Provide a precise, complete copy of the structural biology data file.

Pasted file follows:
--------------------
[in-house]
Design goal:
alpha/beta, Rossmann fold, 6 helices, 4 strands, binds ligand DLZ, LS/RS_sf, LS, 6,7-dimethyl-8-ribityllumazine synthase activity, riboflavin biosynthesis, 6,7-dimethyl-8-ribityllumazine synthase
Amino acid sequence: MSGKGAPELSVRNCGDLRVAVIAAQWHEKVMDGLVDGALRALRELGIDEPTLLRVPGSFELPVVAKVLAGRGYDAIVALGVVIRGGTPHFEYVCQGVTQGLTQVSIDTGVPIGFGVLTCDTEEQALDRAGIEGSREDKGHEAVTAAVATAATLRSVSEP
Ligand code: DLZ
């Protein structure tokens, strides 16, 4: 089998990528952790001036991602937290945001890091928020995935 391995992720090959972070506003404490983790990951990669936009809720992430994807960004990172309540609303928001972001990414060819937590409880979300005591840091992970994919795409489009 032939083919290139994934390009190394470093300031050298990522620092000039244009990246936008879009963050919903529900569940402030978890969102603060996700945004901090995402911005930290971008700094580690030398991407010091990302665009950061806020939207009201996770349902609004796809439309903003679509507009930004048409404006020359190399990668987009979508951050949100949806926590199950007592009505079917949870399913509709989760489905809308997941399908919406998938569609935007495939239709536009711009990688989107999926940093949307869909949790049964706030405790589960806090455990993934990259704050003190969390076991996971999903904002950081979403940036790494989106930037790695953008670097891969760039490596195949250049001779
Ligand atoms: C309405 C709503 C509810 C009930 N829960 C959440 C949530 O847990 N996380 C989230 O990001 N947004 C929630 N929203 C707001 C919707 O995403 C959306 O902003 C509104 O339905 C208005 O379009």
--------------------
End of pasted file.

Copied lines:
[in-house]
Design goal:
alpha/beta, Rossmann fold, 6 helices, 4 strands, binds ligand DLZ, LS/RS_sf, LS, 6,7-dimethyl-8-ribityllumazine synthase activity, riboflavin biosynthesis, 6,7-dimethyl-8-ribityllumazine synthase
Amino acid sequence: MSGKGAPELSVRNCGDLRVAVIAAQWHEKVMDGLVDGALRALRELGIDEPTLLRVPGSFELPVVAKVLAGRGYDAIVALGVVIRGGTPHFEYVCQGVTQGLTQVSIDTGVPIGFGVLTCDTEEQALDRAGIEGSREDKGHEAVTAAVATAATLRSVSEP
Ligand code: DLZ
């Protein structure tokens, strides 16, 4: 089998990528952790001036991602937290945001890091928020995935 391995992720090959972070506003404490983790990951990669936009809720992430994807960004990172309540609303928001972001990414060819937590409880979300005591840091992970994919795409489009 032939083919290139994934390009190394470093300031050298990522620092000039244009990246936008879009963050919903529900569940402030978890969102603060996700945004901090995402911005930290971008700094580690030398991407010091990302665009950061806020939207009201996770349902609004796809439309903003679509507009930004048409404006020359190399990668987009979508951050949100949806926590199950007592009505079917949870399913509709989760489905809308997941399908919406998938569609935007495939239709536009711009990688989107999926940093949307869909949790049964706030405790589960806090455990993934990259704050003190969390076991996971999903904002950081979403940036790494989106930037790695953008670097891969760039490596195949250049001779
Ligand atoms: C309405 C709503 C509810 C009930 N829960 C959440 C949530 O847990 N996380 C989230 O990001 N947004 C929630 N929203 C707001 C919707 O995403 C959306 O902003 C509104 O339905 C208005 O379009």